We talked ourselves out of it because, finishing at 6am on January 1st, it would have wiped us out for the rest of the day and we had a lunch date already fixed. We also didn't want to lose any part of a day where we could do some more decorating and time was running out. We had a lot to do yet and only 3 days left to do it. Maybe we'll go to it next time.
We had had peculiar weather all week. To begin with it was fairly frosty but as the days went by it warmed up (enough for us to discontinue using our electric blanket) and we had rain on and off. On New Year's Eve we were basking in 12ºC and sunshine. Barrie was coming round for the evening and we had a dinner planned of our own.
MYSTERY FISHY STARTER (to be provided by Barrie)
ROAST VEAL WITH ARMADILLOS AND VEGETABLES
CHRISTMAS PUDDING AND BRANDY BUTTER
Barrie arrived with a little box of gorgeous seafood cocktail purchased from his favourite deli in Chatellerault. It contained lots of the things you often see as "fruits de mer" in restaurants and, although some of the bits and pieces looked a little too scary for my liking, it was absolutely delicious. I served it with green salad and bread.
The veal was cooked to perfection by Nick chez nous and served with his best gravy. In case you're wondering, armadillos are actually "hassleback potatoes" but I renamed them because they look something like this.
This is how I cook them:
- Peel the right number of medium-sized potatoes and cut them in half long-ways.
- Make slits in them being careful not to cut all the way through - see picture.
- Place them flat side down in a roasting tin. Brush with melted butter and season with S&P.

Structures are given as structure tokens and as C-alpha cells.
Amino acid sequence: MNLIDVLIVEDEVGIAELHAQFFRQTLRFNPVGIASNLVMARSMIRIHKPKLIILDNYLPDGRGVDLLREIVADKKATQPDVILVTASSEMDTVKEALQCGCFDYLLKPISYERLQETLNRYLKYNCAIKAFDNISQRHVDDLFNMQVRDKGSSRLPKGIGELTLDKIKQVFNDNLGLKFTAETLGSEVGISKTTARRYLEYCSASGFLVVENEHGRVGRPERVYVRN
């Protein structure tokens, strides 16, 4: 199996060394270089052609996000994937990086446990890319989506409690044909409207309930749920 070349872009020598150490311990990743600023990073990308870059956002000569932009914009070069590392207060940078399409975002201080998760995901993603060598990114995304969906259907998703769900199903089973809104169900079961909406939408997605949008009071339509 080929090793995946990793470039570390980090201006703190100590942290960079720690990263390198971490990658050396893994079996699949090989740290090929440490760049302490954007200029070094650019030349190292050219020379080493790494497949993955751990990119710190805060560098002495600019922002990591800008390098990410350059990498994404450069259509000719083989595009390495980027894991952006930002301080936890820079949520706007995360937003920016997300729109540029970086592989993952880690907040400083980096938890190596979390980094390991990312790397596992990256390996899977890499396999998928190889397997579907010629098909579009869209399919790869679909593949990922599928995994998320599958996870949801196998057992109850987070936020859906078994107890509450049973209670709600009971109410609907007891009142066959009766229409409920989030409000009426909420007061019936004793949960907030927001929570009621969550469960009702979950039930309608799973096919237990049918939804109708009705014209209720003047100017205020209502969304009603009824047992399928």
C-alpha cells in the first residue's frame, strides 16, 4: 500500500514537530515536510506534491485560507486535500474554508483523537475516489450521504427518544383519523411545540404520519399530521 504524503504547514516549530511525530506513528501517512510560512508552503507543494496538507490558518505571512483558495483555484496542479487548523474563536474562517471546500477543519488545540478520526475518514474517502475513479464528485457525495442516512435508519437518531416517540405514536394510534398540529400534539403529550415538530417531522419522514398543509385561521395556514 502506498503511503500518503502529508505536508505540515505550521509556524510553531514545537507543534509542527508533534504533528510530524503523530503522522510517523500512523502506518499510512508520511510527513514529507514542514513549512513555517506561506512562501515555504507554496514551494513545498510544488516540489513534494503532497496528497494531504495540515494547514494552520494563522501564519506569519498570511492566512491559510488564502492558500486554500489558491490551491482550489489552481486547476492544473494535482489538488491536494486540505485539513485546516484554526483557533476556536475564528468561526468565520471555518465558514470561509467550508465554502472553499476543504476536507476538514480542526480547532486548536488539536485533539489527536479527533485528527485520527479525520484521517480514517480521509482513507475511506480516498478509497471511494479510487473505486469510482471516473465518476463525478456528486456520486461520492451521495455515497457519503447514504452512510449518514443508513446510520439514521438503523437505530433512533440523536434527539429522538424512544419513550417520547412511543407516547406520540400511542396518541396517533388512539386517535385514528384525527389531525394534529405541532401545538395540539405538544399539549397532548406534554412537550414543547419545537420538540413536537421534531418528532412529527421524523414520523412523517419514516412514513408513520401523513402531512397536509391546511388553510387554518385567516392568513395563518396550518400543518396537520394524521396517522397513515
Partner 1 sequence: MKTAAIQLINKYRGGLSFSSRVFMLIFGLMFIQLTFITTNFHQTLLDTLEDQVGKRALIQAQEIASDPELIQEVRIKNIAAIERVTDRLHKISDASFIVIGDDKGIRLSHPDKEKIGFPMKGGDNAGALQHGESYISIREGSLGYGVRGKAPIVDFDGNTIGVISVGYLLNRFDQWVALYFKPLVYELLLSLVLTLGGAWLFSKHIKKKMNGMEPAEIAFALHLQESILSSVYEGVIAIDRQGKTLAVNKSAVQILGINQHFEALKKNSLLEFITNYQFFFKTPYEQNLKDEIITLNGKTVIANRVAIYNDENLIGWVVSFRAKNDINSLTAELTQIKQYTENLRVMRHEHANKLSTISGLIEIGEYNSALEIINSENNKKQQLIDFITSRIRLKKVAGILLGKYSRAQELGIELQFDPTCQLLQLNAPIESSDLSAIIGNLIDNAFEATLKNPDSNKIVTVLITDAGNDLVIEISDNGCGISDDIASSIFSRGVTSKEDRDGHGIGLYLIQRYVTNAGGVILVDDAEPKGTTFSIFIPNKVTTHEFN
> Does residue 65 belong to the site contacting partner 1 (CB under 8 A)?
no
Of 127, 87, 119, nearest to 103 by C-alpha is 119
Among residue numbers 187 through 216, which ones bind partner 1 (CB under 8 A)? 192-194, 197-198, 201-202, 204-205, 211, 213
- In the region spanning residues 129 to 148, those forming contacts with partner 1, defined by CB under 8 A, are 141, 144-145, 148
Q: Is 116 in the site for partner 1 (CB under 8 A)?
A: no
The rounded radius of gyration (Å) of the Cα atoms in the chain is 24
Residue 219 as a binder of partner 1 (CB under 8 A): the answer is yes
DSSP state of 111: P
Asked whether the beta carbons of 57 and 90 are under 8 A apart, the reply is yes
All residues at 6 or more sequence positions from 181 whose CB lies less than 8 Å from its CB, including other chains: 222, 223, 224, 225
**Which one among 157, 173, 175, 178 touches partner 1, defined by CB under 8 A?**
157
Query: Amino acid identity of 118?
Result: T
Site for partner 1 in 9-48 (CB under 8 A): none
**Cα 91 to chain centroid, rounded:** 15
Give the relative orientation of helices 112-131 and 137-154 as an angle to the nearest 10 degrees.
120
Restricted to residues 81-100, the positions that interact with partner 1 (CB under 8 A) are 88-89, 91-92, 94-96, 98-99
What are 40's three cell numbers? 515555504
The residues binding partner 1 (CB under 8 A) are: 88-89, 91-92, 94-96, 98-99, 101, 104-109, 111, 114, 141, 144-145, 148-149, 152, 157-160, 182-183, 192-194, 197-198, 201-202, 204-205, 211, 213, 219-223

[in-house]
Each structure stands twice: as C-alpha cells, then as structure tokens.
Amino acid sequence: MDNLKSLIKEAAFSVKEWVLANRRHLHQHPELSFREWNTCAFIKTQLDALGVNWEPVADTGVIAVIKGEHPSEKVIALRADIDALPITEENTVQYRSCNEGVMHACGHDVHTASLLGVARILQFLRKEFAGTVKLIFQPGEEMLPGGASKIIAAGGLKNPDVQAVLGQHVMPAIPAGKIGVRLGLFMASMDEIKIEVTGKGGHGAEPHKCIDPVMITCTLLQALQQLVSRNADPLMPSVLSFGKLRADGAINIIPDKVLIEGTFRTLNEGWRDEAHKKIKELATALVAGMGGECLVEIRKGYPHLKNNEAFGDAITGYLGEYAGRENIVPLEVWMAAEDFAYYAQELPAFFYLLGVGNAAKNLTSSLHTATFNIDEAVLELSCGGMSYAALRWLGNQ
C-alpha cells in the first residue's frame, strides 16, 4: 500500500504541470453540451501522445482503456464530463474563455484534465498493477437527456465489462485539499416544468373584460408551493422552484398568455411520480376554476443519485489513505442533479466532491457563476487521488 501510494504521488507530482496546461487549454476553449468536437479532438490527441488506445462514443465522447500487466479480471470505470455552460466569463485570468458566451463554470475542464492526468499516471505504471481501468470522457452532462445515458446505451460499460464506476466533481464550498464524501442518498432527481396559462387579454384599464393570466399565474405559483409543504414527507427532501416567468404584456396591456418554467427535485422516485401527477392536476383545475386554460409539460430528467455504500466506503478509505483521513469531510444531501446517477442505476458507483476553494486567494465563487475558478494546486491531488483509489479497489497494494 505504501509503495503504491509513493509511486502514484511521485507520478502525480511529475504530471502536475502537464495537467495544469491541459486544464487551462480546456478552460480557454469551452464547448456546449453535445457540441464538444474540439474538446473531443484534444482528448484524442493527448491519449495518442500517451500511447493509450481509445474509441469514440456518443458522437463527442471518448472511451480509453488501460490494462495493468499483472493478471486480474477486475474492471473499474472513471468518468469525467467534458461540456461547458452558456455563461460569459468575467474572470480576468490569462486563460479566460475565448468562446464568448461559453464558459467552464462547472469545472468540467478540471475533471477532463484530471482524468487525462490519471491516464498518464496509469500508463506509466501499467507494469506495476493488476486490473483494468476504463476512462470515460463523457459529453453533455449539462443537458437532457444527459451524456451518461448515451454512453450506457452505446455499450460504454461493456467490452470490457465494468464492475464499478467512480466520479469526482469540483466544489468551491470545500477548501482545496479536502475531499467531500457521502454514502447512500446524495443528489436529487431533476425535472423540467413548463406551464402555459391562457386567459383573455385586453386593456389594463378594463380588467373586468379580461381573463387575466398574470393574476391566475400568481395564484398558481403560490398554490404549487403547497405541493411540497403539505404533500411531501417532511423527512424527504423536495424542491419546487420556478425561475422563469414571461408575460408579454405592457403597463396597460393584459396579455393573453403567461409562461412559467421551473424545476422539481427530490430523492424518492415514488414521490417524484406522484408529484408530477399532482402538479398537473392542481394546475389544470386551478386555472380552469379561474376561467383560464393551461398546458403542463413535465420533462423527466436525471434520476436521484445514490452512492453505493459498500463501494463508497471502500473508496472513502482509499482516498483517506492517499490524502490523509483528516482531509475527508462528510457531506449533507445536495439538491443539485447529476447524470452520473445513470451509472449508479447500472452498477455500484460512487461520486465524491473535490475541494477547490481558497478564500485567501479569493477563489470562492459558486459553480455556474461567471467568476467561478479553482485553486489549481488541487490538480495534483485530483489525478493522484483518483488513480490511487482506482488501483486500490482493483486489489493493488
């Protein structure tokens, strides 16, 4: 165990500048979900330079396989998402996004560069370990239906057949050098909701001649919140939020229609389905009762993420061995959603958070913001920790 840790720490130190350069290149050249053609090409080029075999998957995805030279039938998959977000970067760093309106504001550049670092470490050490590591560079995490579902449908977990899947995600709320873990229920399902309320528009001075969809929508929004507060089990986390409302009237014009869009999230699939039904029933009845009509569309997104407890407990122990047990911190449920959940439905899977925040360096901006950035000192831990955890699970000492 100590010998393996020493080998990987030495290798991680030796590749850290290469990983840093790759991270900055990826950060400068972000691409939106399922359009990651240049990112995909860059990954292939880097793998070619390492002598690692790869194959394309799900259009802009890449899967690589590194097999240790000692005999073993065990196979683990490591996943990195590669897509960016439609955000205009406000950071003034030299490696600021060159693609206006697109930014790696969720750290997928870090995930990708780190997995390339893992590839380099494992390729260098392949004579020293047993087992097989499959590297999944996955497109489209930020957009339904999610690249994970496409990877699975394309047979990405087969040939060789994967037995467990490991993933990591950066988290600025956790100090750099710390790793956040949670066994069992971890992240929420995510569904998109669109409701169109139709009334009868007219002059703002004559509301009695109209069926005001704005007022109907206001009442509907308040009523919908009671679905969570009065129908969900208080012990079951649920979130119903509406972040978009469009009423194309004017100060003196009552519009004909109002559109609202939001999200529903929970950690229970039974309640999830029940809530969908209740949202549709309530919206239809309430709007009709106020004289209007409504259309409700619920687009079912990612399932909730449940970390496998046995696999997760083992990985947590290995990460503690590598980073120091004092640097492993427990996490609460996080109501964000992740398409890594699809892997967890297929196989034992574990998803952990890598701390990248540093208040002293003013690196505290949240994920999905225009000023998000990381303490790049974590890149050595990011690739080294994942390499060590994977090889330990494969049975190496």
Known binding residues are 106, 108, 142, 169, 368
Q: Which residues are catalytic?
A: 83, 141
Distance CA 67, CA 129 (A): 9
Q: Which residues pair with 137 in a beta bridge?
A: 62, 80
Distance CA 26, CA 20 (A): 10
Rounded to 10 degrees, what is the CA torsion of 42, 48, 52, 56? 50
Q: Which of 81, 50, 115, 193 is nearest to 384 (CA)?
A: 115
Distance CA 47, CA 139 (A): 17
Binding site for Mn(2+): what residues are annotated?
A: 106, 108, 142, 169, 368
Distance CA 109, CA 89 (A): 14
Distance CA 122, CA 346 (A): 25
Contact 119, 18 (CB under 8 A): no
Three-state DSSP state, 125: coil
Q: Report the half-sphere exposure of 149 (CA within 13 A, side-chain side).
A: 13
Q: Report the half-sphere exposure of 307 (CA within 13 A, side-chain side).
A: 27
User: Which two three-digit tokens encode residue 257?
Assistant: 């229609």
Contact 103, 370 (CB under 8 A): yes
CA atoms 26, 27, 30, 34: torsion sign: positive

- Gently pour about half a pint of OXO or any kind of stock around the potatoes to about a third the way up. Don't drown them.
- Bake at about 180ºC for 45mins or so. Timing isn't critical. They're done when they look done, ie when the liquid has been absorbed and the potatoes are brown on top.
Most recipes, such as Nigella's, from whom I borrowed the photo, don't use the stock and just roast them. This would no doubt make them more crispy but I prefer my armadillos slightly chewy underneath with the extra flavour of the stock.
The cheeseboard was interesting because some of it had been in and out of our fridge all week and was fairly lively. We also added two local goats cheeses with the intention of bringing all the left-overs back to Derbyshire to enjoy later. We cooked the Christmas pud - brought with us from England along with the brandy butter - on top of the wood-burning stove.
We let the New Year in and just after midnight Barrie went home and we retired to bed, leaving the washing up until the next day. We were due in St-Aignan for lunch and we were really looking forward to that.